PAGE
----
It is remarkable, given the resource implications involved, how much of a political consensus has formed in the United States around a new, dramatically more ambitious US Navy force goal of 355 ships compared to the previous target of 308.

US Navy ships

By Nick Childs, Senior Fellow for Naval Forces and Maritime Security

Capitalising on this, Chief of Naval Operations (CNO) Admiral John Richardson published a white paper on 17 May entitled ’The Future Navy’, injecting further urgency: ’We need this more powerful fleet in the 2020s, not the 2040s‘, he wrote.

The fairly moderate reaction so far to what would, not long ago, have seemed a rather extraordinary prospectus underscores just how much the political winds seem to have shifted in the US Navy’s favour. And yet the challenges remain huge.

The Congressional Budget Office has estimated that the earliest date at which the 355-ship plan could be fully achieved is 2035, including in the most problematic area, from an industrial base perspective, that of producing additional nuclear-powered attack submarines. It believes that this would require an average annual increase in the shipbuilding budget of US$5.4 billion over the existing plan, or just over 25% extra. The Congressional Research Service estimate is up to US$5.1bn in average extra annual building costs.

According to Admiral Richardson, analysis shows that the industrial base could support construction of an extra 29 ships (and almost 300 more aircraft) over the next seven years. And he argues that the use of ’hot’ production lines for existing designs, plus a more optimal drumbeat of production, will save considerable sums. But, while that may be true in the longer term, it does not appear to get away from the considerable extra premium that will be required in the short term.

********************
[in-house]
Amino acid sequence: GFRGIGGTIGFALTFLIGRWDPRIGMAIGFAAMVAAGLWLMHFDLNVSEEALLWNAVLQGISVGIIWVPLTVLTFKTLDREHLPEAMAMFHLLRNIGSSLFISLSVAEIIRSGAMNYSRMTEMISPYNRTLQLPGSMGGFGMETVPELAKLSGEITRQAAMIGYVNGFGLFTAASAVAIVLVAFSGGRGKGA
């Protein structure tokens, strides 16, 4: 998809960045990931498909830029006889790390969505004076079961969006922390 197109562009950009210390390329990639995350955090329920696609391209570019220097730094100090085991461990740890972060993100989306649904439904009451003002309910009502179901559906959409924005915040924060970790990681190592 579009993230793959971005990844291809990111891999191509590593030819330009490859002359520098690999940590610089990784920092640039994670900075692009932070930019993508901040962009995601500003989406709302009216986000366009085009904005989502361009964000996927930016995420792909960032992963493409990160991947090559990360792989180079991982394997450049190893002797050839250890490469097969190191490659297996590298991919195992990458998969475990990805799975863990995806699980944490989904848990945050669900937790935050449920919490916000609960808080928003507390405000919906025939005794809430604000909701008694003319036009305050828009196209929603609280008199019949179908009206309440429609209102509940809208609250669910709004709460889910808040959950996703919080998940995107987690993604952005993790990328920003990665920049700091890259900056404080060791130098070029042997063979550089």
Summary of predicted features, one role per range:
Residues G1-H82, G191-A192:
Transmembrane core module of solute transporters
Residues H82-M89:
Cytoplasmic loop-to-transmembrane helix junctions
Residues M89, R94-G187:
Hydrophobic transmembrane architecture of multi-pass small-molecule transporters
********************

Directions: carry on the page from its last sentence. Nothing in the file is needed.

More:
Furthermore, the CNO argues that more platforms alone are not enough; that there has to be a non-linear approach that requires both building and innovation. This implicitly acknowledges that there is a potential tension in trying to add numbers quickly and make both current and future platforms more adaptable, exploiting networking, emerging technologies and unmanned systems. That in itself surely carries an uncertain price tag. The CNO’s recipe includes improved exploitation of modularity, despite or perhaps because of the problems encountered with that concept in the Littoral Combat Ship programme.

Perhaps not surprisingly, in recent testimony before the Sea Power Sub-Committee of the Senate Armed Service Committee, executives from the US shipbuilding industry agreed that the general shipbuilding infrastructure could support accelerated ship production. But they also appealed for stable and predictable future funding.

The CNO’s white paper is in many ways a compelling document. But it is difficult to overestimate the scale of ambition contained in its brief nine pages. It remains unclear what impact it will have.

The paper argues that there is little time – perhaps one year of consolidation and restoring readiness – before talk of producing a bigger and better US Navy needs to begin to be turned into action. That is certainly a challenge to the US political and industrial communities, and to the US Navy itself.

Of course, it represents a challenge to potential adversaries as well. China and Russia are singled out as ambitious global competitors. But this vision, and especially the time factor, will throw down a gauntlet of a different sort to allies and partners, who will need to decide whether and how to keep up.


This analysis originally featured on the Military Balance+, the new IISS online database that enables users in government, the armed forces and the private sector, as well as academia and the media, to make faster and better-informed decisions. The Military Balance+ allows users to customise, view, compare and download data instantly, anywhere, anytime.

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